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Simpson Supports Bills to Improve EPA’s Public Accountability

Idaho Congressman Mike Simpson this week supported a series of bills to bring greater transparency and accountability to actions by the Environmental Protection Agency (EPA).  H.R. 1422, the EPA Science Advisory Board Reform Act of 2013, H.R. 4012, the EPA Science Advisory Board Reform Act of 2013, and H.R. 4795, the Promoting New Manufacturing Act, were all passed by the House of Representatives and are now awaiting action by the U.S. Senate.

H.R. 1422, which makes a number of reforms to the EPA’s Science Advisory Board to ensure that EPA’s decisions are made on sound science, complements Simpson’s efforts to address concerns about the EPA’s Integrated Risk Information System (IRIS) program.  In recent years the IRIS program has drawn harsh criticism from the science community.  H.R. 1422 takes action based on findings from a National Academy of Sciences study that Simpson commissioned in 2011 when he chaired the House Interior and Environment Appropriations Subcommittee.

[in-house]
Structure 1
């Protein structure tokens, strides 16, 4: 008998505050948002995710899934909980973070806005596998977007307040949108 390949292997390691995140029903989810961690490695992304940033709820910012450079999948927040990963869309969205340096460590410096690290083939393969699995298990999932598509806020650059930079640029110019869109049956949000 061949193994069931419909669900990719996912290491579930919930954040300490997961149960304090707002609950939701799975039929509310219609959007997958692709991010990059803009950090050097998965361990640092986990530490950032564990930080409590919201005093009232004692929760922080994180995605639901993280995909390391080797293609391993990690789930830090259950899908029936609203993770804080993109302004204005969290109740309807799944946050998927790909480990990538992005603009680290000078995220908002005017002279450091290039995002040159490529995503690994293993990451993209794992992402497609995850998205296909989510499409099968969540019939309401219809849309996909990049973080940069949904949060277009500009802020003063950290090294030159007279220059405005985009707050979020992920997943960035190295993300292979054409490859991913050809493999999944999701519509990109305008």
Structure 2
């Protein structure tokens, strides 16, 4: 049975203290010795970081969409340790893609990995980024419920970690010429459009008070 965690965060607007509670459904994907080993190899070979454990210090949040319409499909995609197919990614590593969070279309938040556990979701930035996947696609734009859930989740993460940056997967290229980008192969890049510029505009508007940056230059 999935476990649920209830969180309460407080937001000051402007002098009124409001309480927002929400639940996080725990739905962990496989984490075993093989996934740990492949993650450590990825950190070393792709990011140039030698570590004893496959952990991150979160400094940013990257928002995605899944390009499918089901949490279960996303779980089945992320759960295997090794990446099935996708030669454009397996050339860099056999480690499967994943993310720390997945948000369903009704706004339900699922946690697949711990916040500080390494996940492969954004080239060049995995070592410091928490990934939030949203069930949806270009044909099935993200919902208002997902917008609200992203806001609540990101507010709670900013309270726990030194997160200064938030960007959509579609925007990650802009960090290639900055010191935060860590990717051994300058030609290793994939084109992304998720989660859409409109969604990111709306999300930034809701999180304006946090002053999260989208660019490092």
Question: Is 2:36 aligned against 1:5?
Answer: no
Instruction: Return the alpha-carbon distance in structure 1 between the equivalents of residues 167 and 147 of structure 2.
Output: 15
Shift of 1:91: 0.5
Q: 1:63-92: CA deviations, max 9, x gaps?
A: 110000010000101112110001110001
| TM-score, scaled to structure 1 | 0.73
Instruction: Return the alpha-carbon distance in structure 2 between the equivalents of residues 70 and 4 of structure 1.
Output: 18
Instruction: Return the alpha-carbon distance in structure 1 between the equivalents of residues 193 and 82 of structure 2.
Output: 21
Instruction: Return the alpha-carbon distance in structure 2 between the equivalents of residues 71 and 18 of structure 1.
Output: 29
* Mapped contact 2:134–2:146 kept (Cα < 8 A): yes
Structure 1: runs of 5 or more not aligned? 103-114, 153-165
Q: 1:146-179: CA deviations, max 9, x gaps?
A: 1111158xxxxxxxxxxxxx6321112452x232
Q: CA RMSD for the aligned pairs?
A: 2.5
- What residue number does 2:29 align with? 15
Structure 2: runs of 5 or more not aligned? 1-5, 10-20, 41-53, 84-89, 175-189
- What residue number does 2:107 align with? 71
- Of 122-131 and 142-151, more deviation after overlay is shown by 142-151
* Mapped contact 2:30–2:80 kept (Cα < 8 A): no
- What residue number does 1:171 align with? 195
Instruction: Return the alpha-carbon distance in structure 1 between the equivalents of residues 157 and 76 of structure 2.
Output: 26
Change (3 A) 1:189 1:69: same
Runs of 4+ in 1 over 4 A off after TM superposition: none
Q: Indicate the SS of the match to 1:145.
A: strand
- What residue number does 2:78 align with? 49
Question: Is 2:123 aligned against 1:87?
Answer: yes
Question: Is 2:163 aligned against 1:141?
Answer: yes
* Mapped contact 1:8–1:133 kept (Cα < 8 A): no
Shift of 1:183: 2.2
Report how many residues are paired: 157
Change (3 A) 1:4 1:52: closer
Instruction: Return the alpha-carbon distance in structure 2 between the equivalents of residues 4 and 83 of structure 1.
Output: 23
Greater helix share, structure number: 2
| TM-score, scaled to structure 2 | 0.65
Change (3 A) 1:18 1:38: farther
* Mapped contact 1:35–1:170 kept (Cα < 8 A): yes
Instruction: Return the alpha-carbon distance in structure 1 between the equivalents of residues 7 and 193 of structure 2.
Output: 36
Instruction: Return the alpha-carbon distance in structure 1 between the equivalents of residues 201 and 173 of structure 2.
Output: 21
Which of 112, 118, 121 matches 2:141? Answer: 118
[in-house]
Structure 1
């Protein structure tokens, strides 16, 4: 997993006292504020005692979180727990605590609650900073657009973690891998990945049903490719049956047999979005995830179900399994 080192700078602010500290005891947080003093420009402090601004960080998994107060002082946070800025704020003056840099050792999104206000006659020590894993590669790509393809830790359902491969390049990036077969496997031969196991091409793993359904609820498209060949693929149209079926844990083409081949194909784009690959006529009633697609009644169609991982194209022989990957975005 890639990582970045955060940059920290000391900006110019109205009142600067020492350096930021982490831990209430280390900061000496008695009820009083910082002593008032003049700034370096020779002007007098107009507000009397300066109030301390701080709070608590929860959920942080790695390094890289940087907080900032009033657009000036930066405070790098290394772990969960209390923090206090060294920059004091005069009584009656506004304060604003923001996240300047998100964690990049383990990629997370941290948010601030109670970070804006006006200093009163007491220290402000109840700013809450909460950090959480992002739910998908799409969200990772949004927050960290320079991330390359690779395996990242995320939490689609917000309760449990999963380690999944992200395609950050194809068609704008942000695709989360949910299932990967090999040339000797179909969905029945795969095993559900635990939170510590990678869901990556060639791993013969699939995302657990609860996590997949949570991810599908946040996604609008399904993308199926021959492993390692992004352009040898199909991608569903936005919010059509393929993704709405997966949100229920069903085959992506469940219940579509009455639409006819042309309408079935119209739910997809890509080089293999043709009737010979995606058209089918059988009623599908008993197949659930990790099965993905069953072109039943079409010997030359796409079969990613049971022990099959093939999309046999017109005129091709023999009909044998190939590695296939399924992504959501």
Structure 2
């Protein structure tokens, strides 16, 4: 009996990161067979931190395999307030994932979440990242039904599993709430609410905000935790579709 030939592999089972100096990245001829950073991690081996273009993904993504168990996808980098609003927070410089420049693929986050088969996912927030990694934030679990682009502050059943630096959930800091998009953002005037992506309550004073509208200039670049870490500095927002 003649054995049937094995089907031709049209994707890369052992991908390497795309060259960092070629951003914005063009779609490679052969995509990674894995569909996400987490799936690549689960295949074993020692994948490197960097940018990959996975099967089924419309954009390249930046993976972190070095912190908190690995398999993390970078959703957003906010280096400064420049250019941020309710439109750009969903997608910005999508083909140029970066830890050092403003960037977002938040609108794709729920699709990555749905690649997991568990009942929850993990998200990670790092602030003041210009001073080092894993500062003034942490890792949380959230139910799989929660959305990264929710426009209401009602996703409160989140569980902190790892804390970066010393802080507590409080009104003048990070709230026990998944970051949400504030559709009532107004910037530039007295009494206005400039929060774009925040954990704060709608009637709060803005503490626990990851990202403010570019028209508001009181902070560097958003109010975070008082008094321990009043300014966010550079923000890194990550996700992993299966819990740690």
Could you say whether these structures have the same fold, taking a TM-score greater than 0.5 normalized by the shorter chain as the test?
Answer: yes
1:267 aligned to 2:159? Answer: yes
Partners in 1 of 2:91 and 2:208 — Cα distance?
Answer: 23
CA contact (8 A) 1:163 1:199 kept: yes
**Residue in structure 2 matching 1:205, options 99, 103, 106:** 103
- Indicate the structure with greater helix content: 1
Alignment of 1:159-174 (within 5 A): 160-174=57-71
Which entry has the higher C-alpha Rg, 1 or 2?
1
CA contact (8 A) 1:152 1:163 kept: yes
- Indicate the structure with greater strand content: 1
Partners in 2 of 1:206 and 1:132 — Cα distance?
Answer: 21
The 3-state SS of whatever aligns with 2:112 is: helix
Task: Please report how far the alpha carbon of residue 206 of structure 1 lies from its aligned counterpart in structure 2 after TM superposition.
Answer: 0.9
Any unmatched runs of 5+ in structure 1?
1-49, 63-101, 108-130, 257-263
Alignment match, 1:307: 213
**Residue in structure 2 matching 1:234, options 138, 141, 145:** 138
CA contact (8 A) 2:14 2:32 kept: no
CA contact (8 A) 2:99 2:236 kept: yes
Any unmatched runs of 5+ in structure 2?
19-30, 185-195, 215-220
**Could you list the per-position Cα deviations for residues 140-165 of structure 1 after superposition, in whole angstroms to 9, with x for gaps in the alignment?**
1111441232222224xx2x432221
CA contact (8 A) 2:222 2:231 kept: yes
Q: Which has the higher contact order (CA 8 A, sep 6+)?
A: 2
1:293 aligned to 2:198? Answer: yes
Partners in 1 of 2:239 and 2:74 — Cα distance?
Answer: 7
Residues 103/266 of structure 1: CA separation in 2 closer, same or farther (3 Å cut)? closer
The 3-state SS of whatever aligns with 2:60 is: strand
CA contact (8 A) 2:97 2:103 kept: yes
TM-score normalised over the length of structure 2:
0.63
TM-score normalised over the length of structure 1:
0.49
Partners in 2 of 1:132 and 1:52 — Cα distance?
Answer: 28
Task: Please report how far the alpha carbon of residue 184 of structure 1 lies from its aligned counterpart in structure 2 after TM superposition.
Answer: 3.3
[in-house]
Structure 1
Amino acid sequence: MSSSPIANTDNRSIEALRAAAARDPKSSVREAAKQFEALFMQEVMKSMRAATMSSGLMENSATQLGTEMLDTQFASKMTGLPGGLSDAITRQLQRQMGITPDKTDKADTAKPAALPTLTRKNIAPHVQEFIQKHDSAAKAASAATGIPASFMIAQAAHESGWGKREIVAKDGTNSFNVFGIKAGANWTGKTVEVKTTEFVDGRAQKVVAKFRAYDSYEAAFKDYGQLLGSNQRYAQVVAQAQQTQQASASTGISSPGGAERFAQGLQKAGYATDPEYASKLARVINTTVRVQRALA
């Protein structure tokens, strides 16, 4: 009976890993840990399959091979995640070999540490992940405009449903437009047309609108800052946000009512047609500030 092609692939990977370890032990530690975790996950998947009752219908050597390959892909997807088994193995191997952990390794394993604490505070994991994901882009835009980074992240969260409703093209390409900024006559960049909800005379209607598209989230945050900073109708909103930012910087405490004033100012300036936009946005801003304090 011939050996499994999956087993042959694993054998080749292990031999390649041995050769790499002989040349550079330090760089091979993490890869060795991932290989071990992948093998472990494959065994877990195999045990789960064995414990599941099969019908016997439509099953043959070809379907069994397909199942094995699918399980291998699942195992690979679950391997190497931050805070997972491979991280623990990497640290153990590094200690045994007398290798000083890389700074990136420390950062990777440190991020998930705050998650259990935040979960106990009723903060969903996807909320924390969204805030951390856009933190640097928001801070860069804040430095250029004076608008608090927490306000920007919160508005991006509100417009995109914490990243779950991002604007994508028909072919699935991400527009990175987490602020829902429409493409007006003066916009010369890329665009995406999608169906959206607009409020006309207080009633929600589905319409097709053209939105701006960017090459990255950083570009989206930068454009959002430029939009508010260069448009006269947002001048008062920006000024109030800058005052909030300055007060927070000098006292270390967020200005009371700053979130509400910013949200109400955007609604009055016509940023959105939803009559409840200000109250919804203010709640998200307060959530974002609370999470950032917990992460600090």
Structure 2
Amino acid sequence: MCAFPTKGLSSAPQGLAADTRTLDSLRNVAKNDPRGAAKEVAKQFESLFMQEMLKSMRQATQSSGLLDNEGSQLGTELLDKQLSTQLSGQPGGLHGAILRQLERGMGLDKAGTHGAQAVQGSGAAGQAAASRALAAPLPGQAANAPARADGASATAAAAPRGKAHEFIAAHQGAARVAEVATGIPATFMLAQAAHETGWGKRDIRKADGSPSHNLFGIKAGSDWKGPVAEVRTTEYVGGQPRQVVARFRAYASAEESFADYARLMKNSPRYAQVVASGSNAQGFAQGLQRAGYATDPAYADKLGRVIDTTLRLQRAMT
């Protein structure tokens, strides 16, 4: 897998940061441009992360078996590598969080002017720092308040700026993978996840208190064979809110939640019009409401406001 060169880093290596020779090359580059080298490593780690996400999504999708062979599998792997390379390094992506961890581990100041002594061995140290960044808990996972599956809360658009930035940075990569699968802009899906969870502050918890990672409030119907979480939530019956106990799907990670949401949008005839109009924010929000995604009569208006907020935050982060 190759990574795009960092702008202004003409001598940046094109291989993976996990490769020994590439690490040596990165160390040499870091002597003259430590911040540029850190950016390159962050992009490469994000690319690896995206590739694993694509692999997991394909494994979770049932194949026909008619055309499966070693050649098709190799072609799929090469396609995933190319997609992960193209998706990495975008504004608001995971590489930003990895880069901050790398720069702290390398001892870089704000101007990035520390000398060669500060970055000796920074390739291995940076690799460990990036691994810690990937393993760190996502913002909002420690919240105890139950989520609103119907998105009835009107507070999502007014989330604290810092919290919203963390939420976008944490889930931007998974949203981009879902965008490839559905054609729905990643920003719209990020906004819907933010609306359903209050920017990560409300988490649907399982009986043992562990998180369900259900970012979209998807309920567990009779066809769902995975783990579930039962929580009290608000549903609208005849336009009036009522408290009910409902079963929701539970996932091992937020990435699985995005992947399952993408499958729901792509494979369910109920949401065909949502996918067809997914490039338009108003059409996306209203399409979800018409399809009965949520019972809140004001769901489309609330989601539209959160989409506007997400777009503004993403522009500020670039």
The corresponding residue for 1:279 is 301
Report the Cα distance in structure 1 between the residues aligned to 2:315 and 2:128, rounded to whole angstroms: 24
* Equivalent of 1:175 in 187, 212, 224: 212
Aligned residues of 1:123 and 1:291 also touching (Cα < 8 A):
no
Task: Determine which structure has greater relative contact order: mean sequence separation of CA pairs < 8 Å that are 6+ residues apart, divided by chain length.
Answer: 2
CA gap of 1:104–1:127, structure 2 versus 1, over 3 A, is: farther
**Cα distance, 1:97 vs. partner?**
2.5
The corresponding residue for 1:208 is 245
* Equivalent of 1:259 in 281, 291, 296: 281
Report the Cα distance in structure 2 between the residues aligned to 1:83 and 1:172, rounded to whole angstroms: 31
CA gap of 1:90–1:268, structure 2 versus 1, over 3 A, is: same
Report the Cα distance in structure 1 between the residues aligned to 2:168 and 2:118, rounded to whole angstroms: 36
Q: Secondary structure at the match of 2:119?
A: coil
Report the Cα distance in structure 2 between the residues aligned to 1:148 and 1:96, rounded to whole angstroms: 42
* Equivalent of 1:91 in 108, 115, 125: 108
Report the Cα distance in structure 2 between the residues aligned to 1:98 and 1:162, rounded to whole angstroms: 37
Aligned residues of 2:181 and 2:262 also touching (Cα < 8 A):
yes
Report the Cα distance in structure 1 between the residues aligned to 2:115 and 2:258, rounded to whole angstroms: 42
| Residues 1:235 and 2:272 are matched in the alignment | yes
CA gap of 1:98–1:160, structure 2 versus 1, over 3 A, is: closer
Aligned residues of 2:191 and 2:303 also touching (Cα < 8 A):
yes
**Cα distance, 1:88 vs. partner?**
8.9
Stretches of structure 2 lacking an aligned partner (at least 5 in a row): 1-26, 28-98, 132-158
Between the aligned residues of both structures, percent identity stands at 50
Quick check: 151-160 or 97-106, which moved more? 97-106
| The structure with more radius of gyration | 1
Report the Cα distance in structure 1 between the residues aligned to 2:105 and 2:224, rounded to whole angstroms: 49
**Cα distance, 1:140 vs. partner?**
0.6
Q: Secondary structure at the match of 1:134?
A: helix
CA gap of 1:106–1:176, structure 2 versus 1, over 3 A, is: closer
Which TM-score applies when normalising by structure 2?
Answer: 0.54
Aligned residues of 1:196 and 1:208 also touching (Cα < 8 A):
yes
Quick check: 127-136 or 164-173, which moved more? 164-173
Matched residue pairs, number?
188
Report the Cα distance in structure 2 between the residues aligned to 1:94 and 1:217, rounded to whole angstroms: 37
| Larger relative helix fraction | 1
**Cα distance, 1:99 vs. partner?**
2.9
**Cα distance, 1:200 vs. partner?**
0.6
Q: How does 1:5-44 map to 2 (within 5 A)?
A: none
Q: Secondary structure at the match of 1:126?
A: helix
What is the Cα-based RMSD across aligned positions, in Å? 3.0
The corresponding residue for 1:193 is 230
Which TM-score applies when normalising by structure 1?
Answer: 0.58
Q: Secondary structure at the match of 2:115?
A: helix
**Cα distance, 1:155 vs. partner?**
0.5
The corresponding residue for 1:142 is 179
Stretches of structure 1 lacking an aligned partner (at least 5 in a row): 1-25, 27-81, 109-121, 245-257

“The public needs to be able to trust that EPA’s policy decisions are based on good science and not swayed by politics,” said Simpson.  “When we first examined the IRIS system, we found a broken process that lacked scientific accountability, and I’m pleased that Congress has taken up addition efforts to improve transparency and accountability and increase public participation in EPA’s decision making process.”

H.R. 4012 would ensure that the scientific data used by EPA for policy decisions is available to the public.  The bill responds to concerns about the fact that the Obama Administration has not made public the data behind a number of its decisions and has refused to provide the information to Congress when requested.  Similarly, H.R. 4795 would improve accountability and transparency in EPA’s permitting process for industrial projects.

“I have long expressed my concern about EPA’s appetite for aggressive regulation, a concern that is magnified by the fact that EPA cannot or refuses to provide the scientific data it uses to make these policies,” said Simpson.  “These bills are reasonable and important measures to bring transparency and accountability to the regulatory process, and I am hopeful that the Senate will act on them quickly.”